SINGAPORE - Singapore violinist Kam Ning's instrument case holds a treasure as precious as her 17th-century violin - a photo of her one-year-old firstborn.
"When he sleeps, that is when I practise. I've tried practising with him in the room but he's just too cute to ignore," says the 39-year-old in an interview at the Nanyang Academy of Fine Arts, where she had a week-long residency until last Friday.
On Monday night, she and the arts school's string ensemble, Nafa Project Strings, gave a recital at the Esplanade Recital Studio.
The concert titled Souvenirs includes the melody Malaysian Suite, composed by her father Kam Kee Yong - now based in Canada - as well as Mendelssohn's Concerto For Violin And String Orchestra In D minor.
"It's an extraordinary piece because Mendelssohn wrote it when he was 13," she says. "Thirteen! I thought it was a great piece, such a young piece, for a debut concert."
London-based Kam is back in Singapore for the first time since the birth of her son - named Tiger after golfer Tiger Woods - and is enjoying a short holiday with her husband, a graphic designer.
Monday night's performance and last week's residency are her first experience of teaching and working with students at Nafa, though she often visits the Yong Siew Toh Conservatory at the National University of Singapore.
"I like playing with students. Everything is new to them, so they're willing to try anything," she says.
Asked to give her opinion of the talent at Nafa, compared to that at Yong Siew Toh, she says: "There is no doubt in my mind that the students here have just as much imagination."
Citing also her experience as a judge for the biennial National Piano And Violin Competition organised by the National Arts Council, she says: "Sometimes we think that the locals here are not as talented as the overseas Chinese students at Yong Siew Toh. That is not true. Singapore's got talent."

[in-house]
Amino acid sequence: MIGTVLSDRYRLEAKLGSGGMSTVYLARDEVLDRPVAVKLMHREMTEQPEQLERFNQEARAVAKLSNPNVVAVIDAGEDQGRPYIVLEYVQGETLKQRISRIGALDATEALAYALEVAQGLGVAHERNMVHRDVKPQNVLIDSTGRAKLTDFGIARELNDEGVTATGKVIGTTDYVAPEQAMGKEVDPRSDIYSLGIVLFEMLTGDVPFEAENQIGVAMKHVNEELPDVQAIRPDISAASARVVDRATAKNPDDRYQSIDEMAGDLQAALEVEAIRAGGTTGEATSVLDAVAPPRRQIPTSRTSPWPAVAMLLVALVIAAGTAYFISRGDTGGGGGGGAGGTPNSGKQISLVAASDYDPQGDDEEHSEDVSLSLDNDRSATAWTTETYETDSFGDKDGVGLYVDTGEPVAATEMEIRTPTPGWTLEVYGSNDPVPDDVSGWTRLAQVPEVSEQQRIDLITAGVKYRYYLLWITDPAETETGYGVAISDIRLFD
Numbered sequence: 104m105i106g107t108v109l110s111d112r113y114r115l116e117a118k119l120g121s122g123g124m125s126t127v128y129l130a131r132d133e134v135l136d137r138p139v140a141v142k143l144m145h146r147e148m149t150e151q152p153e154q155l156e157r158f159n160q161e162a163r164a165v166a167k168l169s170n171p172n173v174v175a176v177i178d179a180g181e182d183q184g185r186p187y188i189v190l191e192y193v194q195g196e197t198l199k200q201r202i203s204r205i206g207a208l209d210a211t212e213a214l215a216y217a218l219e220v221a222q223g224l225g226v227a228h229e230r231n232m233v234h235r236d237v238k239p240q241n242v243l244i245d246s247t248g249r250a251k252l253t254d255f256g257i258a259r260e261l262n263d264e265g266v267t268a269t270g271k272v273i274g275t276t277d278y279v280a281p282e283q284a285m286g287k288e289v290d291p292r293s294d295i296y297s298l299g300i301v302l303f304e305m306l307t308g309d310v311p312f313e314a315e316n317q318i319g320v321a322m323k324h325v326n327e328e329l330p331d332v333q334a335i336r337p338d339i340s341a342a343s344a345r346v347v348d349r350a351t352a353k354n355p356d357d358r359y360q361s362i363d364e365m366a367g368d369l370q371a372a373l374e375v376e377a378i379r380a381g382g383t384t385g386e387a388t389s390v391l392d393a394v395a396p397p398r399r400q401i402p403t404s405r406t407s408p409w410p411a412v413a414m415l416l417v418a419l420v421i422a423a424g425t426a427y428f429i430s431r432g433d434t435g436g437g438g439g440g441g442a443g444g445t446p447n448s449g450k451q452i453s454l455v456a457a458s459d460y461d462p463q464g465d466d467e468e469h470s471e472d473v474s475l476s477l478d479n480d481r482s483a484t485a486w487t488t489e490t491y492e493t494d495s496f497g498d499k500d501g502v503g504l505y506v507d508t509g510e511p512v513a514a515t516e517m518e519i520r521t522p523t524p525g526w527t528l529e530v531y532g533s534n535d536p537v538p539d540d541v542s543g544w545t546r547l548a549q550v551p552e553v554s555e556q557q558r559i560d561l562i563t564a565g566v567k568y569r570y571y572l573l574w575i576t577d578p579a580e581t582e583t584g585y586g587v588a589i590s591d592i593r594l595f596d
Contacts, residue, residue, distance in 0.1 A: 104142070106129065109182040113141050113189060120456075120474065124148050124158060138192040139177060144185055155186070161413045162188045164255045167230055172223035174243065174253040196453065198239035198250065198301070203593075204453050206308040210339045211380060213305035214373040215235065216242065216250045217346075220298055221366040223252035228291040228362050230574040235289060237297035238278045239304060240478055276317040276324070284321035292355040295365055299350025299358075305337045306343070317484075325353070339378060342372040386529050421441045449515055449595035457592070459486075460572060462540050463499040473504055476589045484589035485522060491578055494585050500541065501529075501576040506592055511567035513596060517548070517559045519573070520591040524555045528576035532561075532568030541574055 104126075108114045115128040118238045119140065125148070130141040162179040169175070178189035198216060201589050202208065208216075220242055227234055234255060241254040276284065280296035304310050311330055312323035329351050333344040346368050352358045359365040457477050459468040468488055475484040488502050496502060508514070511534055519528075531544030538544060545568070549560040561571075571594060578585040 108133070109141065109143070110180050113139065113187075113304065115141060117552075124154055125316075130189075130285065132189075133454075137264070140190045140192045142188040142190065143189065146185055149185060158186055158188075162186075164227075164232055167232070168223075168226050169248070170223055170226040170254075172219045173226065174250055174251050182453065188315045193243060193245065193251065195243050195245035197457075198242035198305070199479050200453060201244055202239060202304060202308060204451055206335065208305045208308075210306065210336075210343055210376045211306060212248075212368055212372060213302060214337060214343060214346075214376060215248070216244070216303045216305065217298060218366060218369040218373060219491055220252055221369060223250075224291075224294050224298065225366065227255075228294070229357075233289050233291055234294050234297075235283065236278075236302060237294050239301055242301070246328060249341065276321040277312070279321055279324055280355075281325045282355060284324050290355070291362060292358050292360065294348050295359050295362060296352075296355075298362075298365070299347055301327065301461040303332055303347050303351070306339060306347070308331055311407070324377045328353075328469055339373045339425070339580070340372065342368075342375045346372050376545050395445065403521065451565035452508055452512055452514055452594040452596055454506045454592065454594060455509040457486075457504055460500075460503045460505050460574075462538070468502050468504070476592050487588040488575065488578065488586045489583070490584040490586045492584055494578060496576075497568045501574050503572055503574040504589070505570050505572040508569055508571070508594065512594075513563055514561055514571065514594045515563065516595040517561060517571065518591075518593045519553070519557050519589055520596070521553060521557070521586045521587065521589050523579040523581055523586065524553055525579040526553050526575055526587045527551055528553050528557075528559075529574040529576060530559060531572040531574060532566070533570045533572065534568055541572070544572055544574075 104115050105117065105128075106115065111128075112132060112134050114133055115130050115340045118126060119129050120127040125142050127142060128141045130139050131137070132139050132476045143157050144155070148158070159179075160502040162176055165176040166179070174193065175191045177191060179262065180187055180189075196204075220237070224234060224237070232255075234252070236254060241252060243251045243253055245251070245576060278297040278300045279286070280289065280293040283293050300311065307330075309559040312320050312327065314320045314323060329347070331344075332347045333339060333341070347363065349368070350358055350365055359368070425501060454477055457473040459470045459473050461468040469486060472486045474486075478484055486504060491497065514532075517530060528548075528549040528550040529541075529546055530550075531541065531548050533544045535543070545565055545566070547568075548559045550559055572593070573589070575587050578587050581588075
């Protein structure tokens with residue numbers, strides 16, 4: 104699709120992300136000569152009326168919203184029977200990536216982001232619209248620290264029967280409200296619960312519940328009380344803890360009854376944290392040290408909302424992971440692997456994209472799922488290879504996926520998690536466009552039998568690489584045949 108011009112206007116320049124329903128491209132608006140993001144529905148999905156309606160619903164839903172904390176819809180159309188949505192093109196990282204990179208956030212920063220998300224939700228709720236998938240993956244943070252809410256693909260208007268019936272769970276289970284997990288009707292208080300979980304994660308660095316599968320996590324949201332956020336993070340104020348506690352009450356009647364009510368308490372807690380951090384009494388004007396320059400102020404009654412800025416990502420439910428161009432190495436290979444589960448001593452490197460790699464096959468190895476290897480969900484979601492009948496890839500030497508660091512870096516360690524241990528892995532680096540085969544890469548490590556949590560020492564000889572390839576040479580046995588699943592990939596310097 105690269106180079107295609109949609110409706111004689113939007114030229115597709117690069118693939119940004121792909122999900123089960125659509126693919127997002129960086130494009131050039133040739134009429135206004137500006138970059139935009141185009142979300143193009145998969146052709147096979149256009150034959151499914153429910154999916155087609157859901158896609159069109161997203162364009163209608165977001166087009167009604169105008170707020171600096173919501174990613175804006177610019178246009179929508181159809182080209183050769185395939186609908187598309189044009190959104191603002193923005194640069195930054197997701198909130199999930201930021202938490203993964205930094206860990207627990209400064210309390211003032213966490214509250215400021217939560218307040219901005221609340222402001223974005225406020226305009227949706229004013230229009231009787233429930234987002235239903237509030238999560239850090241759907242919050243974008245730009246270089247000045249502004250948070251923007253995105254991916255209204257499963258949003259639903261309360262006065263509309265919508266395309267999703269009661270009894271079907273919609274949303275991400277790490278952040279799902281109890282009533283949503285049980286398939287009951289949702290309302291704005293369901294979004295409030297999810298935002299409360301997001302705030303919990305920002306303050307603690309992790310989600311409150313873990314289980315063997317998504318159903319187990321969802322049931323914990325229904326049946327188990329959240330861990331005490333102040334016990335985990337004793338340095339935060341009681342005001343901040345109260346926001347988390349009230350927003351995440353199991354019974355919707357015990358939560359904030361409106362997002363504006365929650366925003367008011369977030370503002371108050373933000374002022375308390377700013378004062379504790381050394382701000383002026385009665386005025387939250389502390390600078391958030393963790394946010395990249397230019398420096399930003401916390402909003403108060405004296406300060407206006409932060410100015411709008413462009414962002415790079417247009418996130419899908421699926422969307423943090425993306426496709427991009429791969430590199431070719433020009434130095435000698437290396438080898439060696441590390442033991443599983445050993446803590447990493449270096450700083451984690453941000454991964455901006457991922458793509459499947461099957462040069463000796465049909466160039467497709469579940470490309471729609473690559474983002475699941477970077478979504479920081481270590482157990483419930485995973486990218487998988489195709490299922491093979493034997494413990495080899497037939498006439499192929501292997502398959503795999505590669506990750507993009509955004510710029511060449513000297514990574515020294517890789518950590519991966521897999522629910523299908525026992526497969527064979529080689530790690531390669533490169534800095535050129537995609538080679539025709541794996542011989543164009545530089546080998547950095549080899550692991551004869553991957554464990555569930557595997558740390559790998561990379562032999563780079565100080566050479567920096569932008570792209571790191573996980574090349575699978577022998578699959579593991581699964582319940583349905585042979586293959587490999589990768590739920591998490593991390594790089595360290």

She herself is a good example of this.
By the age of 12, she had entered the prestigious Yehudi Menuhin School in Britain - "I didn't want to do PSLE," she quips - and later studied with Donald Weilerstein at the Cleveland Institute of Music.
She made her mark in international competitions such as the Folkestone Menuhin International Violin Competition (1991) and the Third International Pablo Sarasate Violin Competition in Pamplona (1995), and received the Young Artist Award from Singapore's National Arts Council when she was 25.
Since 2010, she has been artistic director and conductor of the Het Kamerorkest orchestra in Brugge, Belgium, which is a two-hour train ride from her London home. It is rare for a violinist to lead an orchestra, since it involves conducting while playing, but Kam was inspired to try after watching violinist Anthony Marwood lead the Irish Chamber Orchestra.
Of her own debut concert with the Het Kamerorkest in 2009, she says: "It was pretty scary at first because when you're leading and directing, even if you're not sure of something, you can't show it.
"I guess they were apprehensive too because they had never played with a violinist. It was a fantastic first venture, it worked out so well."
Like many other Singapore artists, Kam plays an instrument on loan from the Rin Collection - a 1647 Amati violin from the collection of businessman Rin Kei Mei and his wife, who have loaned out many fine and rare instruments to musicians and music students here. She continues to tour and work on her solo career, but says that little Tiger makes her hurry home these days.
She has no plans to start her son on the violin yet.
"Though my dad does," she adds with a laugh, referring to her violinist father, a Cultural Medallion recipient.
"I didn't touch the violin for four months after Tiger was born. It was very strange because all my calluses went away!
"Now, when I go touring, the one thing I'm thankful for is that I can sleep. When I'm at home, I have to get up when the baby is up."
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